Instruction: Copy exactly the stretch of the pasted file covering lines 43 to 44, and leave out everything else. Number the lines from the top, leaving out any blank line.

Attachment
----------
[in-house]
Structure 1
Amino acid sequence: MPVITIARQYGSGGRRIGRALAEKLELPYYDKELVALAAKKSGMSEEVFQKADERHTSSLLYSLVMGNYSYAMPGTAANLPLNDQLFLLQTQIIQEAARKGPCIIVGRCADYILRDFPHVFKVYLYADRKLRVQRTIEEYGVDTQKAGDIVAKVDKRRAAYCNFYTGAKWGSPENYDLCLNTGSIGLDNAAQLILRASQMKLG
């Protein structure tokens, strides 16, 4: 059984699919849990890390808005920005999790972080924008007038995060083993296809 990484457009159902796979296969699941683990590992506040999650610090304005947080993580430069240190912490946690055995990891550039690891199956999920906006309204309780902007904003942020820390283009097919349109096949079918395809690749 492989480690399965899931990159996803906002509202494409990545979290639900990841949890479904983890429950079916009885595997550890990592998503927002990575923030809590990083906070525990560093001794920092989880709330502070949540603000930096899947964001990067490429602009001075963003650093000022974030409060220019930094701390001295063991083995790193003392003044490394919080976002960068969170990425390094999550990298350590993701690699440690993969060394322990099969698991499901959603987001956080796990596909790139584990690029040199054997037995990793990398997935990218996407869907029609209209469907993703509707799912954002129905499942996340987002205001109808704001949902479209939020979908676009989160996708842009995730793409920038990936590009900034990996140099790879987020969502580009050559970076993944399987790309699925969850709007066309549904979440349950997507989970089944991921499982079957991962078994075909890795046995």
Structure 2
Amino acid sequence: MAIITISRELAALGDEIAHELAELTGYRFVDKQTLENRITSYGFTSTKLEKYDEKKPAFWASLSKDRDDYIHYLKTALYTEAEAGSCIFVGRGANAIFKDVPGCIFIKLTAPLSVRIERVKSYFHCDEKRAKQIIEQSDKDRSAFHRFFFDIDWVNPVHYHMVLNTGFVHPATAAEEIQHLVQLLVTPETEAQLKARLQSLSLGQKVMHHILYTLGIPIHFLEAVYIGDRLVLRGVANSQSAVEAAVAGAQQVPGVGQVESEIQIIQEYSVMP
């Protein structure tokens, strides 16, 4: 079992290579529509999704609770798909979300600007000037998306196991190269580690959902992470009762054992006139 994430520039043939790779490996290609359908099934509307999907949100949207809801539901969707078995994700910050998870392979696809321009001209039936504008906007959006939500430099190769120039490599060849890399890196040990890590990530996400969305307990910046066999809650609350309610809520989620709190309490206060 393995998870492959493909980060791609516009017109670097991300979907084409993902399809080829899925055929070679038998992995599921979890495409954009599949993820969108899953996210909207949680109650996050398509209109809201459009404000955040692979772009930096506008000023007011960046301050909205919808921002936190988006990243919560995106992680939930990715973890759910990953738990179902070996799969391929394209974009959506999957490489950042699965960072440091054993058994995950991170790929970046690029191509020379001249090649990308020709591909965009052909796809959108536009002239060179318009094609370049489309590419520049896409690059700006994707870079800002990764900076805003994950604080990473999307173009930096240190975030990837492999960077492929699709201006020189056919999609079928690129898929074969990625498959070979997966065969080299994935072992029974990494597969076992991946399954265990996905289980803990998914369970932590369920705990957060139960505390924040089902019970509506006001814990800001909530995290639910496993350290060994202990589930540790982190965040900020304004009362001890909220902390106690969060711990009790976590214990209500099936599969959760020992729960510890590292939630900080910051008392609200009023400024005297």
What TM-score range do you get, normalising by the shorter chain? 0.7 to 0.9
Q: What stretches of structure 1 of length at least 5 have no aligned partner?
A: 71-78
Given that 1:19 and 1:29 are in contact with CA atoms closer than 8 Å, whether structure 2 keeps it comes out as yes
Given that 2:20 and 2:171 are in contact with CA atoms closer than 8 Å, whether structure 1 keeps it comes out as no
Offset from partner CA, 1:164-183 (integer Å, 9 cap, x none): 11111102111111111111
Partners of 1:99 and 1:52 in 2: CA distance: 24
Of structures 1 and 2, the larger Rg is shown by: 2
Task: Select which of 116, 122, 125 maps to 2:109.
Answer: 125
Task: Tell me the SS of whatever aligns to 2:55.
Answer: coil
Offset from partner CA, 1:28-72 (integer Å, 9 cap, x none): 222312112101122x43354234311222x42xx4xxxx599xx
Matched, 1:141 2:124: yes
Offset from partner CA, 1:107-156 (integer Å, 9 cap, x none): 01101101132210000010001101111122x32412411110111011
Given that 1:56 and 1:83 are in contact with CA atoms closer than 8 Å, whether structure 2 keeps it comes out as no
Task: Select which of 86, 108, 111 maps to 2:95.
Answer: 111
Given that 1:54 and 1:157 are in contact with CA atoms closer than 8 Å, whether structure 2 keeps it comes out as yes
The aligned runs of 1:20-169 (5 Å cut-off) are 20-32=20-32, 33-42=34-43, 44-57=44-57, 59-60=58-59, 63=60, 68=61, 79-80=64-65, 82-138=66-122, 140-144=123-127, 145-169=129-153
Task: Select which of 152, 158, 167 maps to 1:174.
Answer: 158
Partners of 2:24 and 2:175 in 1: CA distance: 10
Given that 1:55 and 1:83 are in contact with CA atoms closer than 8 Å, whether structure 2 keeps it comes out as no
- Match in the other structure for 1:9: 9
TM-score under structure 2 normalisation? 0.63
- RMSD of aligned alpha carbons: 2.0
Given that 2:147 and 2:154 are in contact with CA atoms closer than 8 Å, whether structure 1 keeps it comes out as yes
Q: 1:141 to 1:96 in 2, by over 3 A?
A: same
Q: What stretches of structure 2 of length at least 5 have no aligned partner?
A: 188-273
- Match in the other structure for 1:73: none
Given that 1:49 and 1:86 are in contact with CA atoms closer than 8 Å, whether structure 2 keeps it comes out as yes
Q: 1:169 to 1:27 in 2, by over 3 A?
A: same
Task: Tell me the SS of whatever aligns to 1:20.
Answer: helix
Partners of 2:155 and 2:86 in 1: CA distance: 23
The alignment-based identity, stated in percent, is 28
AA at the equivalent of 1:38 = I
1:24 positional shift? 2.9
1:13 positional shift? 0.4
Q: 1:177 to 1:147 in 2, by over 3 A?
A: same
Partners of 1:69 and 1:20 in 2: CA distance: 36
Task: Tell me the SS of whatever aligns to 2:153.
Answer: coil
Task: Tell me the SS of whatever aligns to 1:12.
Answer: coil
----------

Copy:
A: same
Task: Tell me the SS of whatever aligns to 1:20.